A time lock smart contract is a tool that locks tokens or crypto currencies into a smart contract for a particular time frame. This is a very useful feature in prevention of impulsive token sales or transfer on a whim.
The smart contract implemented allows external users to lock their Ethers in the smart contract and pay a small fee which goes directly to the developer of the smart contract. This could be a passive income generator for a smart contract developer.
Many technical concepts are implemented in this smart contract, some are:
- Using modifiers
- Preventing re-entrancy attacks
- Working with Dates in smart contracts.
- Using Structs and Mappings
The smart contract has the following features which can be used as a guide in understanding smart contracts and developing ideas which builds on this. The features are:
- A taxing system
- A time lock feature
- Funds transfer feature
Also included is simple string concatenation in smart contracts and using emojis.
The initial step to activating the smart contract lock feature is to credit the smart contract. The smart contract has a pay function that is "payable". The first check in the pay function is to ensure the amount inputed is that same as the value the user pays into the smart contract. A require statement is used to achieve this. The second check is to ensure that the credit amount is at least the fixed tax associated with the funds lock functionality. This particular smart contract implements a fixed tax system which would be explained further in the article.
The smart contract allows seamless withdrawal of funds that are transferred to the smart contract when the lock feature has not been triggered. No lock fee or tax is imposed only transaction gas is deducted by the EVM.
The main course in this project is the Time Lock feature. This feature implements a struct that holds essential details of the user: the start time for the funds lock, the Lock interval, user balance. As soon as a user locks their funds in the contract, the variable "hasLockedFunds" is set to true this is stored to be used to ensure the user has locked funds and has permission to trigger the withdraw functionality.
The image above shows the use of a struct to encapsulate all the user details in the smart contract.
The power of structs in smart contracts is unleashed when used with mappings and other structs. This is the simplest use case of a struct and a mapping.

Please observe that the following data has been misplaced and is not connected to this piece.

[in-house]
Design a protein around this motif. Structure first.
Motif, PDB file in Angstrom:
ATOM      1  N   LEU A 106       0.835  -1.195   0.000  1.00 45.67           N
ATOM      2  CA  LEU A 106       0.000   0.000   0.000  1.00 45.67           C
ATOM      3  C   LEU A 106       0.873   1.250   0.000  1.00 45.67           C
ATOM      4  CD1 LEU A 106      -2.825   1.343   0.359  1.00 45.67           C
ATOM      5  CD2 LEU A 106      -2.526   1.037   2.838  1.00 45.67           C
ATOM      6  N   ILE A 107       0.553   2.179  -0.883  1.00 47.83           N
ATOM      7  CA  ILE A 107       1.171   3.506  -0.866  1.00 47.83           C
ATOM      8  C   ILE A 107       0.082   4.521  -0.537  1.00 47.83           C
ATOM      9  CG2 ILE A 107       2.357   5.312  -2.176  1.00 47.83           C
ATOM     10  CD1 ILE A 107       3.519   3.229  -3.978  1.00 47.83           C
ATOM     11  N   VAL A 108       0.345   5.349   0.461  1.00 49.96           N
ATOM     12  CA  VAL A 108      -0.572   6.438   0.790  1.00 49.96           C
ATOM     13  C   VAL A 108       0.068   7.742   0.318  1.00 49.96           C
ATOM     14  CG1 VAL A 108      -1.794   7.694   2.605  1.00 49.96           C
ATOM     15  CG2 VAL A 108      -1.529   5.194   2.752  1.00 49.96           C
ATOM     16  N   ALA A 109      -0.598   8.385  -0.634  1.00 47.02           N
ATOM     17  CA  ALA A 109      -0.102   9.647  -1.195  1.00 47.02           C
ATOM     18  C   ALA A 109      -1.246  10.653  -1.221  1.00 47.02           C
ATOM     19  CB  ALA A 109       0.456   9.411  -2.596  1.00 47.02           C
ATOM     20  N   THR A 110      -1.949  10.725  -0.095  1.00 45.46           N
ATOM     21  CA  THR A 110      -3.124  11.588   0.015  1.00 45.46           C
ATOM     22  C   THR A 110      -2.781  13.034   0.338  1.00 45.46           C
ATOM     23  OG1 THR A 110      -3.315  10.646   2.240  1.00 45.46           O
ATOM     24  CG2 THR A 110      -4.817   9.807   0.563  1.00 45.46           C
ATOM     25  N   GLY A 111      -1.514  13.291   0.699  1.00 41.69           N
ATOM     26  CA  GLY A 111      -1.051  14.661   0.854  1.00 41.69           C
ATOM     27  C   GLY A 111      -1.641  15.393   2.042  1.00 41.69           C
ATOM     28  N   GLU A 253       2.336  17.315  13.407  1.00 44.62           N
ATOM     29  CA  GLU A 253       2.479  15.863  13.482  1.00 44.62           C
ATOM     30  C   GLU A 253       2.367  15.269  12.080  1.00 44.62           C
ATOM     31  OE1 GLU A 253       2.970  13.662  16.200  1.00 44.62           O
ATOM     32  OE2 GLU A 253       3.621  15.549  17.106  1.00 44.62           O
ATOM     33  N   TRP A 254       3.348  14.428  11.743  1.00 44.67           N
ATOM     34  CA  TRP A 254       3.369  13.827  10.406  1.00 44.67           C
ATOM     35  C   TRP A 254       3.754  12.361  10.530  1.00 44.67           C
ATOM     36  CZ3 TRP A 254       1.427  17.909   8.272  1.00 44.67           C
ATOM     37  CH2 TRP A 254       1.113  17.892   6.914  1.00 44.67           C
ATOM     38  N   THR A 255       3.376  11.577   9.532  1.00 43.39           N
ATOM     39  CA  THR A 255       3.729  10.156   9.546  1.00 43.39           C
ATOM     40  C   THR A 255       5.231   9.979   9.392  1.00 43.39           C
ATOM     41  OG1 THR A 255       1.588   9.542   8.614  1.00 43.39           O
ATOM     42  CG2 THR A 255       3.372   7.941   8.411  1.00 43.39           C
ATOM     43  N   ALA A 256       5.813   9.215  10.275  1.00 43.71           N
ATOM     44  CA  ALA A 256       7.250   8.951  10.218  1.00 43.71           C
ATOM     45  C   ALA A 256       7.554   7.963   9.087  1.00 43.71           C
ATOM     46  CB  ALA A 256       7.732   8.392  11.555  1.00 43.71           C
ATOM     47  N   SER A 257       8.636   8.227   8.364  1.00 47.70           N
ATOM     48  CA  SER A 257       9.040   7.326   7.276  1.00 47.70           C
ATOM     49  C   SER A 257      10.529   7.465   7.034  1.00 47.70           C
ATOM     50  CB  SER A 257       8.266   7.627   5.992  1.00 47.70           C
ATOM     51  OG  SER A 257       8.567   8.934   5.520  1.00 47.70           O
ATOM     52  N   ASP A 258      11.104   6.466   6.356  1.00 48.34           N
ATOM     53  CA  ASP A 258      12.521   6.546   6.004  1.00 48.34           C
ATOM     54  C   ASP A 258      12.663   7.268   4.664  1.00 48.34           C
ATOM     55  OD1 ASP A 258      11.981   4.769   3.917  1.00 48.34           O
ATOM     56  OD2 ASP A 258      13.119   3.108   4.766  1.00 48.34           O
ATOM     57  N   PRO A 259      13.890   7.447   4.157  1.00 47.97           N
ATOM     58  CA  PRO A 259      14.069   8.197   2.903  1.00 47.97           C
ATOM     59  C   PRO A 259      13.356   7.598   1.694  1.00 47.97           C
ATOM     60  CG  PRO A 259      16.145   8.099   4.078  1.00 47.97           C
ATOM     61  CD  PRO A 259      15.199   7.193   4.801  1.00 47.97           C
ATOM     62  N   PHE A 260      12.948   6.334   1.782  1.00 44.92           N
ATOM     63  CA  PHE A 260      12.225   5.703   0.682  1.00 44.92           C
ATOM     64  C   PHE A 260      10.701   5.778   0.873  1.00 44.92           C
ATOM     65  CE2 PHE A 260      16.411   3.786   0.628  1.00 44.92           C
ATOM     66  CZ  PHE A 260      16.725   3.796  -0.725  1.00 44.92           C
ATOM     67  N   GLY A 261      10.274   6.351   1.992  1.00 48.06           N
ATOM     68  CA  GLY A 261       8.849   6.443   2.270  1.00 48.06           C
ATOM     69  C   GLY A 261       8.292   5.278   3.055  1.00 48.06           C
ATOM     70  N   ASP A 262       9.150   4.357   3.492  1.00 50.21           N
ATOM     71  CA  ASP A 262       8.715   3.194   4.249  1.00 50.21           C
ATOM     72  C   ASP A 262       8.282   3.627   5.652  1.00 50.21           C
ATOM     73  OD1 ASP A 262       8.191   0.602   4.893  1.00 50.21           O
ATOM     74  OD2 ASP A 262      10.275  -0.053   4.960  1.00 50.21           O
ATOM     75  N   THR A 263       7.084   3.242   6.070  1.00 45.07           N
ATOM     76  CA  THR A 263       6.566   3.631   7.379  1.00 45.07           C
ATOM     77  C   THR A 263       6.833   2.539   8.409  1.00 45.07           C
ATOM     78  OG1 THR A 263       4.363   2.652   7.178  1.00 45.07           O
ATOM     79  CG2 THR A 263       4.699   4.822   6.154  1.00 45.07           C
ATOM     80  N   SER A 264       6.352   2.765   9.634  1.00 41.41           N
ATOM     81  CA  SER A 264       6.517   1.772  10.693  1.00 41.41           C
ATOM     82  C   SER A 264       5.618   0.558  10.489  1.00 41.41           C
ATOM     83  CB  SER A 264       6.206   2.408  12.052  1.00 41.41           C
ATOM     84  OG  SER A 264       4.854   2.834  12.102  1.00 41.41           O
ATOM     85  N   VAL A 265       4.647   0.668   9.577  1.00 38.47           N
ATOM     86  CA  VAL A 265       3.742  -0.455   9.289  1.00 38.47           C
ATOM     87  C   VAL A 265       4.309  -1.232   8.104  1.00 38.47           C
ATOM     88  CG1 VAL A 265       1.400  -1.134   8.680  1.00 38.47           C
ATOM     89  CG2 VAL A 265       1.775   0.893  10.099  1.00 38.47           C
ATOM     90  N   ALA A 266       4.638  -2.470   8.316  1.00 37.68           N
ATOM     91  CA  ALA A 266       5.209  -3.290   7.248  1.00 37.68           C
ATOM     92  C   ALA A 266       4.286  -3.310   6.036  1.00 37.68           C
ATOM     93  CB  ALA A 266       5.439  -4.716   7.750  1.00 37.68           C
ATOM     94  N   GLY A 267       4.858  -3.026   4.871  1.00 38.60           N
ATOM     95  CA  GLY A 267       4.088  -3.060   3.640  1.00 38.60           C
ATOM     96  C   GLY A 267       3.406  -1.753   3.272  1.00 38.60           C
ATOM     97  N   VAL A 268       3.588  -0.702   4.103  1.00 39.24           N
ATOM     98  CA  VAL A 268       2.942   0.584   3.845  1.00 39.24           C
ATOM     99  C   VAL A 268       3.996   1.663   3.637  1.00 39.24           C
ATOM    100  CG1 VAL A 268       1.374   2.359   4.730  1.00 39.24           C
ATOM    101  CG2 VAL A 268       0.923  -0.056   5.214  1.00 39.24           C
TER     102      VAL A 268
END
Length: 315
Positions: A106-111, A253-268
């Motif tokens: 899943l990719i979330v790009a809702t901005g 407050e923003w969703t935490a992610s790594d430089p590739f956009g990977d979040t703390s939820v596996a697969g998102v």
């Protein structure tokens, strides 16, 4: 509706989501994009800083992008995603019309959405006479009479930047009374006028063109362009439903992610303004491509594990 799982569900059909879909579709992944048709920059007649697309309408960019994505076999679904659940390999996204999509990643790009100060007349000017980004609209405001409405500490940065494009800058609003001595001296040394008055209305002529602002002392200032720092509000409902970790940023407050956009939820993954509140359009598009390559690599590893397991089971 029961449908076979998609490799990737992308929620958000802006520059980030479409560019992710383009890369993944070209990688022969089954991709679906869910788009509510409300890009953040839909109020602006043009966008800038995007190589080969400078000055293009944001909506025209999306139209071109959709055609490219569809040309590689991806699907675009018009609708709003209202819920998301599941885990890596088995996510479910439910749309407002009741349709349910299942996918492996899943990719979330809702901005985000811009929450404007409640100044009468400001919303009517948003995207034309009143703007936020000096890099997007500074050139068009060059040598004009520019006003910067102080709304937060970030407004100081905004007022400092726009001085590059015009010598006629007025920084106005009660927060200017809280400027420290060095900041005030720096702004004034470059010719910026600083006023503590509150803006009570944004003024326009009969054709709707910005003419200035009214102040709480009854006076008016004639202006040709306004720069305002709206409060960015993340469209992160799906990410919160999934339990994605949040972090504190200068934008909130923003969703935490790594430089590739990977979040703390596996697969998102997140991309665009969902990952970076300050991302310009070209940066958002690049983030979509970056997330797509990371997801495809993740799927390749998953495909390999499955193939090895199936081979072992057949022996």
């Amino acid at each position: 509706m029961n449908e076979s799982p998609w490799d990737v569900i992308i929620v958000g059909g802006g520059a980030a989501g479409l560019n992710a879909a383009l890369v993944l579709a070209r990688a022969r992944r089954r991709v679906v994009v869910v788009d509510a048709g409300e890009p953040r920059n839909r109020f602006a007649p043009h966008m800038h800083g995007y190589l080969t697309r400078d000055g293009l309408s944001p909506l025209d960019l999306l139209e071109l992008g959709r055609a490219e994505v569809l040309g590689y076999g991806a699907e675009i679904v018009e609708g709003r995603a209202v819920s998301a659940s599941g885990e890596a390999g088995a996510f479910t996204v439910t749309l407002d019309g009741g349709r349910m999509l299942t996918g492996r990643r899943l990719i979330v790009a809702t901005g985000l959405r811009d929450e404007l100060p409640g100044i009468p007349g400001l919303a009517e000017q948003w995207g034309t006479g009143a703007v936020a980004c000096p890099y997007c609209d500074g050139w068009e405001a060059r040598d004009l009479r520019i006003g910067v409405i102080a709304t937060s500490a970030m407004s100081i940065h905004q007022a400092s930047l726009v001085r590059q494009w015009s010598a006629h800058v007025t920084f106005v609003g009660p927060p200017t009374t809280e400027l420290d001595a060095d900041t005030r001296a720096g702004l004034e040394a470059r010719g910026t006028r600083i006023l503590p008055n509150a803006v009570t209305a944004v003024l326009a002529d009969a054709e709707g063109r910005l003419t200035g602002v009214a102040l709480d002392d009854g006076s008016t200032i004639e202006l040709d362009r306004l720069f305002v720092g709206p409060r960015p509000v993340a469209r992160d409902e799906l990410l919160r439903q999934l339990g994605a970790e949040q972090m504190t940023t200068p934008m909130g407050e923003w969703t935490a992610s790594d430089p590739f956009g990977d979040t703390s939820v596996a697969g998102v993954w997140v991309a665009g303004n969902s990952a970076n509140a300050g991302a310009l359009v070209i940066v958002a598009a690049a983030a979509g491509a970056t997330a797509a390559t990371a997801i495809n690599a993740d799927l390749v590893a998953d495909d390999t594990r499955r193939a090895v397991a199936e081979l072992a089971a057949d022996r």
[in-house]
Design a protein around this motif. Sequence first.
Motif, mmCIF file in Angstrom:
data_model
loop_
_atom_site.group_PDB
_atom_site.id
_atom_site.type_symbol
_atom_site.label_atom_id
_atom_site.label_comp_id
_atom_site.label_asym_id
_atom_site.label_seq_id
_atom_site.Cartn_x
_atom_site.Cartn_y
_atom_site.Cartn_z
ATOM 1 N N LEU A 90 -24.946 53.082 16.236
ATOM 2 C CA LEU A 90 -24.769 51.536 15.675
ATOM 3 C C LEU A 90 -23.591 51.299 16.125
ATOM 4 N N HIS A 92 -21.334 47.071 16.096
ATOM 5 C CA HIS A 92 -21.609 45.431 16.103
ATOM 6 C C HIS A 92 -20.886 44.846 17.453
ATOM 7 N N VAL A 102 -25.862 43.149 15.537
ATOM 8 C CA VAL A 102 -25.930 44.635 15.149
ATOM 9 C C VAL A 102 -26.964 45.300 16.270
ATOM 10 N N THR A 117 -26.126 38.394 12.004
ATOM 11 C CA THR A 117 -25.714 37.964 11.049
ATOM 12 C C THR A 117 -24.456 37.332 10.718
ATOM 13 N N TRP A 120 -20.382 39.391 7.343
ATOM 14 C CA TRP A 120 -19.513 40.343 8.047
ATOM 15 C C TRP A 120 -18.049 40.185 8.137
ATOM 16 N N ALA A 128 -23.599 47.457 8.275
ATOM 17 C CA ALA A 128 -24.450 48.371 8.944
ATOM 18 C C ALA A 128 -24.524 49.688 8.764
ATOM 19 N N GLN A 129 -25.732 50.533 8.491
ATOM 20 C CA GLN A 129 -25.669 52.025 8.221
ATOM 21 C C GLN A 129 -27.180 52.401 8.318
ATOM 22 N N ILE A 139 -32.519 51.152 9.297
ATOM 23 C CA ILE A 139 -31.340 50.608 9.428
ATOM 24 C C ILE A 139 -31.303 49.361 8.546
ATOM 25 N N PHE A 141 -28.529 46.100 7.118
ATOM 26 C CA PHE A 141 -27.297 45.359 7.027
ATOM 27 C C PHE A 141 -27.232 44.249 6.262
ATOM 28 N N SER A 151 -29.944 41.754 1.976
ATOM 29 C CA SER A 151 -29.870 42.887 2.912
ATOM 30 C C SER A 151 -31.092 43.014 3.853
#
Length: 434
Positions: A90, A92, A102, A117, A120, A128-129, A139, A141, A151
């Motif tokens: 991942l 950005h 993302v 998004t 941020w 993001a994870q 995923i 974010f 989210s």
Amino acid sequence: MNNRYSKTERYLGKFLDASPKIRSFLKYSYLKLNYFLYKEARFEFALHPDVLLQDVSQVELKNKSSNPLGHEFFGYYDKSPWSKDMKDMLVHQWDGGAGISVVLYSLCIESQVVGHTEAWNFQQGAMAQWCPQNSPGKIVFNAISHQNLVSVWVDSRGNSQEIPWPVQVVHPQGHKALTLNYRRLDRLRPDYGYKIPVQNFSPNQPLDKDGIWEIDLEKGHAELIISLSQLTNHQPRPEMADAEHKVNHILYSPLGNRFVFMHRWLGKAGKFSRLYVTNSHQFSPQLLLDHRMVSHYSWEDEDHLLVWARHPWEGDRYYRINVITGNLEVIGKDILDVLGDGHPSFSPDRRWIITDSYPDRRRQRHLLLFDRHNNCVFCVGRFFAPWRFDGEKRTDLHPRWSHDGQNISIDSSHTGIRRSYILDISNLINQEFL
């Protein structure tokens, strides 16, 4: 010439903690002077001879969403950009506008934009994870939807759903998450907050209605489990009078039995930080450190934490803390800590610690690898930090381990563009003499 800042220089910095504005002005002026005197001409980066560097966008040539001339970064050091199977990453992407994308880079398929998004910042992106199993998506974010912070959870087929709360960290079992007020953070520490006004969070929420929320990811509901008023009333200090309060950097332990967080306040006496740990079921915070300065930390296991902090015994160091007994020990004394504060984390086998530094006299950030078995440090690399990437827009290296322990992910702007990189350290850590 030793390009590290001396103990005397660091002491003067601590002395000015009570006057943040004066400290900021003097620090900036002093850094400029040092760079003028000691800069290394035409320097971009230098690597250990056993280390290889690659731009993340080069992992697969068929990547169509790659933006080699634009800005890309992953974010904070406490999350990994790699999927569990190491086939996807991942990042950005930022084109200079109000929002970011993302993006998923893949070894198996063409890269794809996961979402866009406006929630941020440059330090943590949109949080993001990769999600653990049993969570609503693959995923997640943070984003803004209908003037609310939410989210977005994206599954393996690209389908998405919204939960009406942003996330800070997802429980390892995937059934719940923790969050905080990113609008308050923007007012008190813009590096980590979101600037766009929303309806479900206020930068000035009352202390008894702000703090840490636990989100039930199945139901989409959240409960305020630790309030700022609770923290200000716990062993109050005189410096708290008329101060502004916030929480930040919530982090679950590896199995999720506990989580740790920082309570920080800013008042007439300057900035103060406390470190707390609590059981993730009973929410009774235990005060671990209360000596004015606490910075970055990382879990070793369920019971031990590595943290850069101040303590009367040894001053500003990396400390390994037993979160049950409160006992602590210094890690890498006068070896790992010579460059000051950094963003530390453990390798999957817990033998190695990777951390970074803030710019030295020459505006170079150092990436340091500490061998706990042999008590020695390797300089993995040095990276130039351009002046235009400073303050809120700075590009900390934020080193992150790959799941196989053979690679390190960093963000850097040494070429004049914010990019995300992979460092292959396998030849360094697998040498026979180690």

Above is the implementation of the funds lock functionality. the code above uses a time of 15 seconds which is for testing while implementing the smart contract. The smart contract lock period is fixed at 365 days, this could be easily changed to accept a "number of days" variable value.
To test the time Lock functionality you could set the lock time to "15" seconds, this would help the developer validate the time count down functionality.
To help users of the smart contract know how far along their funds lock is there's a "howManyDays" feature. This feature helps the user get the number of days left before their funds are available for withdrawal. The functionality depends on a countdown timer which sets the "funds release time", which is when the funds would become available. The countdown timer ensures the "block.timestamp" hasn't yet equalled or exceeded the set "funds release time". The functionality uses "int256" and does a type casting to convert the difference "fundsLockTime" and the "presentTime". The difference between these two variables would eventually spill into a negative vale and the "uint256" type would error on variable subtraction.
Below is the code snippet for this:
Smart contracts and tokens often implements a tax system that ensures the service rendered by the smart contract is billed to the end users of the contract. There are various taxing models that could be used, on this safe lock project a fixed tax system is implemented , which bills any Ether lock into the smart contract. A base fee of 0.00055ETH(which is about $10 as at writing this smart contract).
This fee can only be withdrawn by the smart contract developer. The code includes a snip-bit of how to use emojis in a smart contract for you perusal.
If you've followed the article all through, big up's. You can find the code on github. You can reach me on linkedIn and twitter. Looking forward to your comments and questions.
The smart contract would work seamlessly on the Remix IDE. Further set ups would be required for a local IDE.
See you soon, be on the look out for my next article on creating your own ERC20 token.